The logistics of art fairs are impressive. The scale of endeavor required to crate, ship, uncrate, install, re-crate and re-ship thousands of artworks is remarkable. Behind the scenes: mountains of bubble wrap, polypropylene and hardwood crating; tons of carbon emissions for trucking and flying artwork to the fairs. Most packing material has at most two lives before it joins recycling (best case) or landfill (common case). All of which raises questions about how the art world defines and discharges its environmental responsibilities.
Many artists are thoughtfully and seriously exploring environmental and human sustainability issues through their work. In the rest of the art world, however, institutions continue to use “sustainability” mostly to refer to financial models. Many are recycling office materials and seeking a balance between conservation vs. environmental impact for lighting and climate control. Nevertheless, I don’t see much beyond these basic initiatives that virtually any large corporation engages in today. I must admit, I barely think about it with regard to my own gallery operations.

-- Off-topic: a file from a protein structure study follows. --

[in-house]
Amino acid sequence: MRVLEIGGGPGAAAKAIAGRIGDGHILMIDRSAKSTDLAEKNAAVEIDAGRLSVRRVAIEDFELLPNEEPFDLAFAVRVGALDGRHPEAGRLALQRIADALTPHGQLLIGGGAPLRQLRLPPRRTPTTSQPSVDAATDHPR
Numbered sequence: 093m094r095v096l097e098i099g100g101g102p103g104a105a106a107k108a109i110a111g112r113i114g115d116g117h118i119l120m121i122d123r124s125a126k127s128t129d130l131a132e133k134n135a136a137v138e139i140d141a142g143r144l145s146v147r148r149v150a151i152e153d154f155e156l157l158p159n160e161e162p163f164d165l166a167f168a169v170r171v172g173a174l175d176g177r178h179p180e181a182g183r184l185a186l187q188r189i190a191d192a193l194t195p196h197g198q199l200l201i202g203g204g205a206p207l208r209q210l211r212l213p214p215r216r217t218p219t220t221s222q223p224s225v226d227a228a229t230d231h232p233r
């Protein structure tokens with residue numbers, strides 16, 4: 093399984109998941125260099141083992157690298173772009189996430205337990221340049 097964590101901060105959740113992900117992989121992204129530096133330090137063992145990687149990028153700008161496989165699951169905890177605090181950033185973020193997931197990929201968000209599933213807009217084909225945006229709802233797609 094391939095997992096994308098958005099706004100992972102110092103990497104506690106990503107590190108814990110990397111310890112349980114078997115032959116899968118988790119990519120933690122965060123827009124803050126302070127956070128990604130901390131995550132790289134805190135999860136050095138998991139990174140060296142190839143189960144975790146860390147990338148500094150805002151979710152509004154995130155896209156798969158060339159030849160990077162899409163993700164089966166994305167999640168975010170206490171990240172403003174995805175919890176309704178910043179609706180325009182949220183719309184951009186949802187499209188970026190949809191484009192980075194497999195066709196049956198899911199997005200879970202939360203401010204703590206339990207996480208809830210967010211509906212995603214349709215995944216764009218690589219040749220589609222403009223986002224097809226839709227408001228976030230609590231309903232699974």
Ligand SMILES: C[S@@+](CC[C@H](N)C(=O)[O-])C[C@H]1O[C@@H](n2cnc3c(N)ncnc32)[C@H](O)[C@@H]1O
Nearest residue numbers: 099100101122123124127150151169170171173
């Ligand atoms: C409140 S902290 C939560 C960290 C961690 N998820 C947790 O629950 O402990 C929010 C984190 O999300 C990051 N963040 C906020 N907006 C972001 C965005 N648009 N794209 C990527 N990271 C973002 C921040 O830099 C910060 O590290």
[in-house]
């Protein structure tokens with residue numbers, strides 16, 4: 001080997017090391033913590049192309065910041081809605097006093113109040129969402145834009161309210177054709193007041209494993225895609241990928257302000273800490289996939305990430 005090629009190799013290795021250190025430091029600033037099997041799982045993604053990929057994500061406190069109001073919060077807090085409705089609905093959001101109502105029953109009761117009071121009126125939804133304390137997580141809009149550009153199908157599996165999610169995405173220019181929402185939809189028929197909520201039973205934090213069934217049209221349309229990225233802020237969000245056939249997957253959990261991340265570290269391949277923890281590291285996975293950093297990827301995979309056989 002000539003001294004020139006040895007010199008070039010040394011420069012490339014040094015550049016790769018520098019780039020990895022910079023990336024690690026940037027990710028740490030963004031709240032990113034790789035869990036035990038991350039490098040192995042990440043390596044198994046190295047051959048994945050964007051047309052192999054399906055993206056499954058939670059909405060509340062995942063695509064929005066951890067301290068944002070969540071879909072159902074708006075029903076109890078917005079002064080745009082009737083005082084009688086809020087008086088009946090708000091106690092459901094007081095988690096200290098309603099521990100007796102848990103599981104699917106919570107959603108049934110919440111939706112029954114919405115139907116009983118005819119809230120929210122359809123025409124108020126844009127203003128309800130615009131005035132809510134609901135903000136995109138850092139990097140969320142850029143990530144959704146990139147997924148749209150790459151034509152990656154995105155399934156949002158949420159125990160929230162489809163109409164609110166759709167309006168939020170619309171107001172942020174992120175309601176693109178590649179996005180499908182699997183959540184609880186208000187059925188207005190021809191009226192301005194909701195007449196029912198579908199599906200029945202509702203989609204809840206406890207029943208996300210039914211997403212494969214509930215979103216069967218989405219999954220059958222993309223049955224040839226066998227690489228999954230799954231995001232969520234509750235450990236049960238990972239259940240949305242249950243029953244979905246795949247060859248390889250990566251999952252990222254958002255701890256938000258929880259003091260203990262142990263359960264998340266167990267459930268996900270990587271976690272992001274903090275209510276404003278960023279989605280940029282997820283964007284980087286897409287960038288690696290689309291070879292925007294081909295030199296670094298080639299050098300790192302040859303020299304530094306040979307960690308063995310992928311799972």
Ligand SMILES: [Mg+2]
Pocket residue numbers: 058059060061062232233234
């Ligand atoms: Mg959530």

Other industries are years beyond the art world in considering environmental impacts. One can argue that many of these industries are also the source of the problem–the carbon footprint of even a large museum doesn’t come close to a typical automotive, chemical or high tech manufacturing facility. Nevertheless, we should be able to look to the arts for progressivism and imagination in all domains, right?
Quite possibly this discussion is happening in a serious way, and my cursory web searches hasn't turned it up. If so, and you know where it's happening, let me know. I would love to find a sustainability model for the gallery to adhere to, and I’d love to understand how all parts of the art world (not just artists) can work together in providing social leadership around sustainability. Fair directors: let's see some thought leadership, since the temporary, travel-intensive and chaotic nature of fairs make them a perfect environment for waste.
(On a side note, it is a coincidence but a propitious one that I started drafting this text on Monday morning, and that afternoon the IPCC report on climate change hit the news.)